Plastic pollution is a global problem and it’s reaching such proportions that we may not be able to reverse its harmful effects unless we drastically reduce the amount of plastic waste that makes its way into the environment.
This stark assessment was reached by an international team of experts from Sweden, Norway and Germany who stress that the rate of plastic pollution is likely reaching a tipping point for the planet.
“Plastic pollution accumulating in an area of the environment is considered ‘poorly reversible’ if natural mineralization processes occurring there are slow and engineered remediation solutions are improbable. Should negative outcomes in these areas arise as a consequence of plastic pollution, they will be practically irreversible,” they explain in a study.
“Potential impacts from poorly reversible plastic pollution include changes to carbon and nutrient cycles; habitat changes within soils, sediments, and aquatic ecosystems; co-occurring biological impacts on endangered or keystone species; ecotoxicity; and related societal impacts,” the scientists add.
Plastic waste, often in the form of microplastics, has permeated the planet from the tops of mountains to the depths of oceans. And we continue dumping yet more plastic into the oceans and onto land at an increasing rate.
By 2016, it was estimated that people around the planet dumped anywhere from 9 to 23 million metric tons of plastic a year into rivers, lakes, seas and oceans with a similar amount dumped onto land yearly. By 2025 as much as double of this already colossal amount might be released into water and onto land if current rates of plastic waste carry on unchecked.
“Plastic is deeply engrained in our society, and it leaks out into the environment everywhere, even in countries with good waste-handling infrastructure,” observes Matthew MacLeod, a professor at Stockholm University in Sweden who was lead author of the study.
The trouble is that current attempts at lowering the rates of plastic waste from recycling to cleanups are insufficient in the face of the scale of the problem. For instance, cleanups may work well in some localized areas such as around towns and cities, but they are far less feasible in more remote locations with no or few people around, to say nothing of the seas where cleaning up most plastic waste is pratically impossible.
That is why the problem of plastic waste must be tackled at the source, meaning we must eliminate single-use plastic items and other disposables.
“The world promotes technological solutions for recycling and to remove plastic from the environment. As consumers, we believe that when we properly separate our plastic trash, all of it will magically be recycled,” notes Mine Tekman, a PhD candidate at the Alfred Wegener Institute in Germany who worked on the study.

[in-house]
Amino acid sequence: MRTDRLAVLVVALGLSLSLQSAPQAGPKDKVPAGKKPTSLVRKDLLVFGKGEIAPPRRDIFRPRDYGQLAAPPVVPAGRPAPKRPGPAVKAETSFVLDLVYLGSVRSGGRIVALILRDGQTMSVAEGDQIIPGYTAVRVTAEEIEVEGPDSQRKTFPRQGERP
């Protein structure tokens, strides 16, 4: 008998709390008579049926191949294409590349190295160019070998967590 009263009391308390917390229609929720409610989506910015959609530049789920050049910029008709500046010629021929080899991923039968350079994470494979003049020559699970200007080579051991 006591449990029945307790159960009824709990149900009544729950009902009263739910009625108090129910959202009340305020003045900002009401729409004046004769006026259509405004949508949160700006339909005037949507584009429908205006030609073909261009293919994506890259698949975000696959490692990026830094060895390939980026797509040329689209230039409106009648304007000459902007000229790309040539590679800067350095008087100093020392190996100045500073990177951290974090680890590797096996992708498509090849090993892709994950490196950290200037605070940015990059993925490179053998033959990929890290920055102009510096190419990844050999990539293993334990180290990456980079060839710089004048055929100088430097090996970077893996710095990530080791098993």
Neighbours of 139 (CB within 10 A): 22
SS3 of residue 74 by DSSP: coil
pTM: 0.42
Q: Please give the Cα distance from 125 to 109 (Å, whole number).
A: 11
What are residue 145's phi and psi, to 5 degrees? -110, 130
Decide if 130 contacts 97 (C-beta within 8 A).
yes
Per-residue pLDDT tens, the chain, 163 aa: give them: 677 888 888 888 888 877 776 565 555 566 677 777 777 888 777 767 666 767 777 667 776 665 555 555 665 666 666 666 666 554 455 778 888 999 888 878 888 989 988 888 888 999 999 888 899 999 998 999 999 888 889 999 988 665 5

“Technologically, recycling of plastic has many limitations, and countries that have good infrastructures have been exporting their plastic waste to countries with worse facilities. Reducing emissions requires drastic actions, like capping the production of virgin plastic to increase the value of recycled plastic, and banning export of plastic waste unless it is to a country with better recycling,” Tekman adds.
Time is pressing because the vast quantities of plastic already in the environment could cause large-scale and even global problems. One potential threat is that plastic pollution could drive further biodiversity loss in the oceans, such as by decimating fragile coral reefs in the tropics where they are already suffering from the effects of climate change and other environmental stresses.
Another threat is that as vast amounts of plastic waste begin to decompose in the environment through weathering they could release large quantities of toxic chemicals into the environment, harming a myriad of creatures in the process.
“Right now, we are loading up the environment with increasing amounts of poorly reversible plastic pollution. So far, we don’t see widespread evidence of bad consequences, but if weathering plastic triggers a really bad effect we are not likely to be able to reverse it,” MacLeod says.
“The cost of ignoring the accumulation of persistent plastic pollution in the environment could be enormous. The rational thing to do is to act as quickly as we can to reduce emissions of plastic to the environment,” he adds.
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